A big point to remember is that whenever you want to create new variables that stick around, you have to allocate memory for those variables using malloc() or one of the other handful of memory allocation functions. Otherwise, you are trying to store more and more data in a conceptually fixed amount of space and something has to give.
  5. jakegwood

    Thread Starter New Member

    Apr 13, 2011
    Thanks. I was reading up on malloc some more and that helps.
  6. MrChips


    Oct 2, 2009
    Interesting, didn't know about , thanks for this.
  7. WBahn


    Mar 31, 2012
    I ran across that while looking for how to do something else.

    In your reply, you should have escaped the [plain] text by entering it as [plain][plain][/plain]. What happens if you don't is that if someone quotes the text, as I did above, the parse sees the [plain] tag and it then stops parsing and doesn't parse again until it sees the [/plain] tag (if it ever sees one). As a result, none of the tags that weren't closed out before the [plain] was encountered, including the original [QUOTE] get executed.

    But what if you want to display the [/plain] tag itself? You can't put it between a pair of noparse tags because the [/plain] tag is the one tag that the interpretter is sensitive to following a [plain] tag. It turns out that this isn't a problem because the interpretter doesn't interpret closing tags if there isn't a matching open tag that is active.

    Other links that are very useful:

    BB Code


    I found this list of Special Characters on Bill Marsden's blog, but I haven't figured out how to actually enter them. If I try holding down the 'Alt' key, as soon as I type anything else it is interpretted as a browser command to jump somewhere else on the page. So up until now I have been limited to finding the character I want and doing a copy-paste.

    A bit of playing around has let me figure it out. You HAVE to use the numbers on the number pad and NOT the numbers in the top row of the regular keys. I assume this is the same for a laptop keyboard, which would be a royal pain in the ass. Also, the leading 0 is significant in that it must either be there or it must be absent.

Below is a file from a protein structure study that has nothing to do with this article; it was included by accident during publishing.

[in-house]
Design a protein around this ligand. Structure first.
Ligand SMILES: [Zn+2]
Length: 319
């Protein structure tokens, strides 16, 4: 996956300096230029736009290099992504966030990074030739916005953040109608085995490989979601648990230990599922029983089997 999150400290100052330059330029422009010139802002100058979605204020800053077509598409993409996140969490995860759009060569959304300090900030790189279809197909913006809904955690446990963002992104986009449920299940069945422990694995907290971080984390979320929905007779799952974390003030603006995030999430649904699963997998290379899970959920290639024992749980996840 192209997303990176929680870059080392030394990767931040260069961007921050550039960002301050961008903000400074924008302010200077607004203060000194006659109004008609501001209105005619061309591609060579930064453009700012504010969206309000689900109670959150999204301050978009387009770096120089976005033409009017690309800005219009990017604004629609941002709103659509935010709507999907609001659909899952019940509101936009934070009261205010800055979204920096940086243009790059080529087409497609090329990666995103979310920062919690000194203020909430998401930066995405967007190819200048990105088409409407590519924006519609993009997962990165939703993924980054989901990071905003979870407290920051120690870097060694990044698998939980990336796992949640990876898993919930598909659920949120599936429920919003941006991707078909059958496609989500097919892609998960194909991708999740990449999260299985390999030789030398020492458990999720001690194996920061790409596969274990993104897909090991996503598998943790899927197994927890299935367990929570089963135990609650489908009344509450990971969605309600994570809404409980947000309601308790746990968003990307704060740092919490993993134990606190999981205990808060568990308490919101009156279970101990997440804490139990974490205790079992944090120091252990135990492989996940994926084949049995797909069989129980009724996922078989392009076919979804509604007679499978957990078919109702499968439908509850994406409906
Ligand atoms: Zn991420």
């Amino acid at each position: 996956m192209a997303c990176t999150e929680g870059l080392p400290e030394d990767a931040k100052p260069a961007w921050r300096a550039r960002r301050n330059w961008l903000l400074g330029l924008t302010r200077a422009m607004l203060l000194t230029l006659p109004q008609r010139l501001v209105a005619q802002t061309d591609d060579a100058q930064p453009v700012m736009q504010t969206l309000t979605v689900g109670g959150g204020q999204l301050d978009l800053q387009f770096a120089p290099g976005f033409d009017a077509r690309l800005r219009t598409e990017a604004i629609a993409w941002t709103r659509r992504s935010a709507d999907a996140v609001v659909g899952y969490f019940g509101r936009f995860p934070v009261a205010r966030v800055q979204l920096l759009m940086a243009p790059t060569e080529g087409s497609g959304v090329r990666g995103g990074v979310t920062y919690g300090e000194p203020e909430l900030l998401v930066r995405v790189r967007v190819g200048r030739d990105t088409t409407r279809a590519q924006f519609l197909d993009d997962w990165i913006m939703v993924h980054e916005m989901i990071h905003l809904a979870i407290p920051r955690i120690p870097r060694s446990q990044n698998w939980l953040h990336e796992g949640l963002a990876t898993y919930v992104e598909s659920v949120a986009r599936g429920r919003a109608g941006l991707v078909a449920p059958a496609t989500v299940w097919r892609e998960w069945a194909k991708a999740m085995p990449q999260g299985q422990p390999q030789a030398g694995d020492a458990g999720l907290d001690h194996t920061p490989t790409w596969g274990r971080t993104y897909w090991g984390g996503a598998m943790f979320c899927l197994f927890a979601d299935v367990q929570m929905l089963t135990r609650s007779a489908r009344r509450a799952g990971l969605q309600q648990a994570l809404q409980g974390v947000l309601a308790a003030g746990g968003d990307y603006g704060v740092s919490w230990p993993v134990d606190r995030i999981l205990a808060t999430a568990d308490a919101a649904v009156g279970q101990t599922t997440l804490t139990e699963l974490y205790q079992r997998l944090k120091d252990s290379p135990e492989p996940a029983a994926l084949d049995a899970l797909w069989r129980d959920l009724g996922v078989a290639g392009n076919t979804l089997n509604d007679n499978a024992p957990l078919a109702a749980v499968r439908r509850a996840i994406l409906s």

For instance, if you use alt-0181 you get µ, but if you use alt-181 you get ╡. You alse get µ using alt-230, but I don't know if these are truly the same character in the character set. At first I assumed that the leading 0 marked the value as being octal and that, without it, the value was assumed to be decimal. But that doesn't seem to be the case since 0181 clearly isn't octal. So I don't know why the leading zero is significant.

    One thing I wish the moderators would do would be to create a single Tex reference page and then consolidate all of the various stickies on this topic there and either have a single link at the top of the page or have a sticky in each forum (that is relevant) point to it. It gets frustrating having to hunt through several in order to find the useful tidbit that you previously found.

    Tex sticky posts from:
    General Electronics Chat
    Homework Help

    Actually, it appears that there are only these two, so it's not as bad as I had thought. I guess the fact that there are multiple, even if just two, creates the impression that there is a sea of them, especially when you try to look for things that you've seen before but aren't in either one of them, you start assuming it must be in yet another one that you can't find any more. I think this is what happened to me because I was trying to track down how to do a table like one I had seen in a post and I had assumed it was Tex, but I later discovered that it was BB Code.